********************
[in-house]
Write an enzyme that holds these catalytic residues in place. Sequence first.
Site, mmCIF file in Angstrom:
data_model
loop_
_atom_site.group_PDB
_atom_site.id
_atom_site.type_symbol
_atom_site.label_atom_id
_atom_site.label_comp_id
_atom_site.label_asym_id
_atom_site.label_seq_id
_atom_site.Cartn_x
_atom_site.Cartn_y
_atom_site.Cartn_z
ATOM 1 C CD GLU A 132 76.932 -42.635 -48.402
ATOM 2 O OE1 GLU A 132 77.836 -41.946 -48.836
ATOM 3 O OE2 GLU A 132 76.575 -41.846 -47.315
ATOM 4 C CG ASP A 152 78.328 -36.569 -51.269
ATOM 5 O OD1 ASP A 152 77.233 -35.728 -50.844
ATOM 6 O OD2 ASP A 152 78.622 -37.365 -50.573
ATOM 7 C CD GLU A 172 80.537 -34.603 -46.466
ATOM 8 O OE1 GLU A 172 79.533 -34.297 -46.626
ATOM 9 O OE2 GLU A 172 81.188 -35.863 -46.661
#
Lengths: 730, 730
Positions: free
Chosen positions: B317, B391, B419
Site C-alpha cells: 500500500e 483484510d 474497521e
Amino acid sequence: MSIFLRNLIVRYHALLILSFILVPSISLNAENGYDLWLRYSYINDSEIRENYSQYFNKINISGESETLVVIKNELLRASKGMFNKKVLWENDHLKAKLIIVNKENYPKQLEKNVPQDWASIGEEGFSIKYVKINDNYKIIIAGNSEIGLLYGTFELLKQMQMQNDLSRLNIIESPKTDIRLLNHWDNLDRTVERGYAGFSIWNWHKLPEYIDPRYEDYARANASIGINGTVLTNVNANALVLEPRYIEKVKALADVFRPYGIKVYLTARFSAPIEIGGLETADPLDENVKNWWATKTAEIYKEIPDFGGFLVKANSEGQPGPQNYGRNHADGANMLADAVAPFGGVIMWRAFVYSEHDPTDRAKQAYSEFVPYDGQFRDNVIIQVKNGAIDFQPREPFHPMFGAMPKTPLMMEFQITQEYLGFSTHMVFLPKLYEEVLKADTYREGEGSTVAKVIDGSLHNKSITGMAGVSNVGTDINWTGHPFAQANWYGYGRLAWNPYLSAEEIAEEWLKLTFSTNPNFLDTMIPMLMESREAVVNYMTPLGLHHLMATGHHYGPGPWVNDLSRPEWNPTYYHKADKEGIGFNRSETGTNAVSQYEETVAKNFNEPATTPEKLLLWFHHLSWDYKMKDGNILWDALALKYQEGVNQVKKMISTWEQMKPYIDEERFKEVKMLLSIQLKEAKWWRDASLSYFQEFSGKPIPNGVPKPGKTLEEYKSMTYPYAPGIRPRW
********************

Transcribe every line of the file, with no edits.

[in-house]
Write an enzyme that holds these catalytic residues in place. Sequence first.
Site, mmCIF file in Angstrom:
data_model
loop_
_atom_site.group_PDB
_atom_site.id
_atom_site.type_symbol
_atom_site.label_atom_id
_atom_site.label_comp_id
_atom_site.label_asym_id
_atom_site.label_seq_id
_atom_site.Cartn_x
_atom_site.Cartn_y
_atom_site.Cartn_z
ATOM 1 C CD GLU A 132 76.932 -42.635 -48.402
ATOM 2 O OE1 GLU A 132 77.836 -41.946 -48.836
ATOM 3 O OE2 GLU A 132 76.575 -41.846 -47.315
ATOM 4 C CG ASP A 152 78.328 -36.569 -51.269
ATOM 5 O OD1 ASP A 152 77.233 -35.728 -50.844
ATOM 6 O OD2 ASP A 152 78.622 -37.365 -50.573
ATOM 7 C CD GLU A 172 80.537 -34.603 -46.466
ATOM 8 O OE1 GLU A 172 79.533 -34.297 -46.626
ATOM 9 O OE2 GLU A 172 81.188 -35.863 -46.661
#
Lengths: 730, 730
Positions: free
Chosen positions: B317, B391, B419
Site C-alpha cells: 500500500e 483484510d 474497521e
Amino acid sequence: MSIFLRNLIVRYHALLILSFILVPSISLNAENGYDLWLRYSYINDSEIRENYSQYFNKINISGESETLVVIKNELLRASKGMFNKKVLWENDHLKAKLIIVNKENYPKQLEKNVPQDWASIGEEGFSIKYVKINDNYKIIIAGNSEIGLLYGTFELLKQMQMQNDLSRLNIIESPKTDIRLLNHWDNLDRTVERGYAGFSIWNWHKLPEYIDPRYEDYARANASIGINGTVLTNVNANALVLEPRYIEKVKALADVFRPYGIKVYLTARFSAPIEIGGLETADPLDENVKNWWATKTAEIYKEIPDFGGFLVKANSEGQPGPQNYGRNHADGANMLADAVAPFGGVIMWRAFVYSEHDPTDRAKQAYSEFVPYDGQFRDNVIIQVKNGAIDFQPREPFHPMFGAMPKTPLMMEFQITQEYLGFSTHMVFLPKLYEEVLKADTYREGEGSTVAKVIDGSLHNKSITGMAGVSNVGTDINWTGHPFAQANWYGYGRLAWNPYLSAEEIAEEWLKLTFSTNPNFLDTMIPMLMESREAVVNYMTPLGLHHLMATGHHYGPGPWVNDLSRPEWNPTYYHKADKEGIGFNRSETGTNAVSQYEETVAKNFNEPATTPEKLLLWFHHLSWDYKMKDGNILWDALALKYQEGVNQVKKMISTWEQMKPYIDEERFKEVKMLLSIQLKEAKWWRDASLSYFQEFSGKPIPNGVPKPGKTLEEYKSMTYPYAPGIRPRW